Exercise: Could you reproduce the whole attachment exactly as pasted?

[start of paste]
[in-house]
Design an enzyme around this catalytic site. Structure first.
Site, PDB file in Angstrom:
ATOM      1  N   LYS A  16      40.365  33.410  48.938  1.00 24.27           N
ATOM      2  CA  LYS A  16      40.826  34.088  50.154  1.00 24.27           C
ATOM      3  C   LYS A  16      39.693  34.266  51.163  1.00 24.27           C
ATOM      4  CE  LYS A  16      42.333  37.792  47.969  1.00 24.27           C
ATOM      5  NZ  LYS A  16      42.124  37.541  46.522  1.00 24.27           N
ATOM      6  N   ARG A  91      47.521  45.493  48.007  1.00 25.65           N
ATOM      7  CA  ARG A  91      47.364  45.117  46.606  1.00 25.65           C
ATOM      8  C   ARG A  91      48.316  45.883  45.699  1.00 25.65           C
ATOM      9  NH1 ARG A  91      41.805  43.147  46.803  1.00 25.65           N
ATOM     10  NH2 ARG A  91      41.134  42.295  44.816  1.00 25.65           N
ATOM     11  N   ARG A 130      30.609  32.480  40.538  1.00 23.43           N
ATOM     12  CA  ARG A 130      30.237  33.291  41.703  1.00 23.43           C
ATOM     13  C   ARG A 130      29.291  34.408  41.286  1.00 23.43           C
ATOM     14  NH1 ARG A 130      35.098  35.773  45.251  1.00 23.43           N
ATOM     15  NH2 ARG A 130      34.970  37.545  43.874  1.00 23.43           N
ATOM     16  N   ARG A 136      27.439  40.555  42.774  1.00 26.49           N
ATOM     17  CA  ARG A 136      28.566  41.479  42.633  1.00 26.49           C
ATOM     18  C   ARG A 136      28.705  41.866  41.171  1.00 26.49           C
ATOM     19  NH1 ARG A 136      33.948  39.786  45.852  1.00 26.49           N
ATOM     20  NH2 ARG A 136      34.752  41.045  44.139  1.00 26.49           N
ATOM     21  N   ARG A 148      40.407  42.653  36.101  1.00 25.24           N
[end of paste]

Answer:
[in-house]
Design an enzyme around this catalytic site. Structure first.
Site, PDB file in Angstrom:
ATOM      1  N   LYS A  16      40.365  33.410  48.938  1.00 24.27           N
ATOM      2  CA  LYS A  16      40.826  34.088  50.154  1.00 24.27           C
ATOM      3  C   LYS A  16      39.693  34.266  51.163  1.00 24.27           C
ATOM      4  CE  LYS A  16      42.333  37.792  47.969  1.00 24.27           C
ATOM      5  NZ  LYS A  16      42.124  37.541  46.522  1.00 24.27           N
ATOM      6  N   ARG A  91      47.521  45.493  48.007  1.00 25.65           N
ATOM      7  CA  ARG A  91      47.364  45.117  46.606  1.00 25.65           C
ATOM      8  C   ARG A  91      48.316  45.883  45.699  1.00 25.65           C
ATOM      9  NH1 ARG A  91      41.805  43.147  46.803  1.00 25.65           N
ATOM     10  NH2 ARG A  91      41.134  42.295  44.816  1.00 25.65           N
ATOM     11  N   ARG A 130      30.609  32.480  40.538  1.00 23.43           N
ATOM     12  CA  ARG A 130      30.237  33.291  41.703  1.00 23.43           C
ATOM     13  C   ARG A 130      29.291  34.408  41.286  1.00 23.43           C
ATOM     14  NH1 ARG A 130      35.098  35.773  45.251  1.00 23.43           N
ATOM     15  NH2 ARG A 130      34.970  37.545  43.874  1.00 23.43           N
ATOM     16  N   ARG A 136      27.439  40.555  42.774  1.00 26.49           N
ATOM     17  CA  ARG A 136      28.566  41.479  42.633  1.00 26.49           C
ATOM     18  C   ARG A 136      28.705  41.866  41.171  1.00 26.49           C
ATOM     19  NH1 ARG A 136      33.948  39.786  45.852  1.00 26.49           N
ATOM     20  NH2 ARG A 136      34.752  41.045  44.139  1.00 26.49           N
ATOM     21  N   ARG A 148      40.407  42.653  36.101  1.00 25.24           N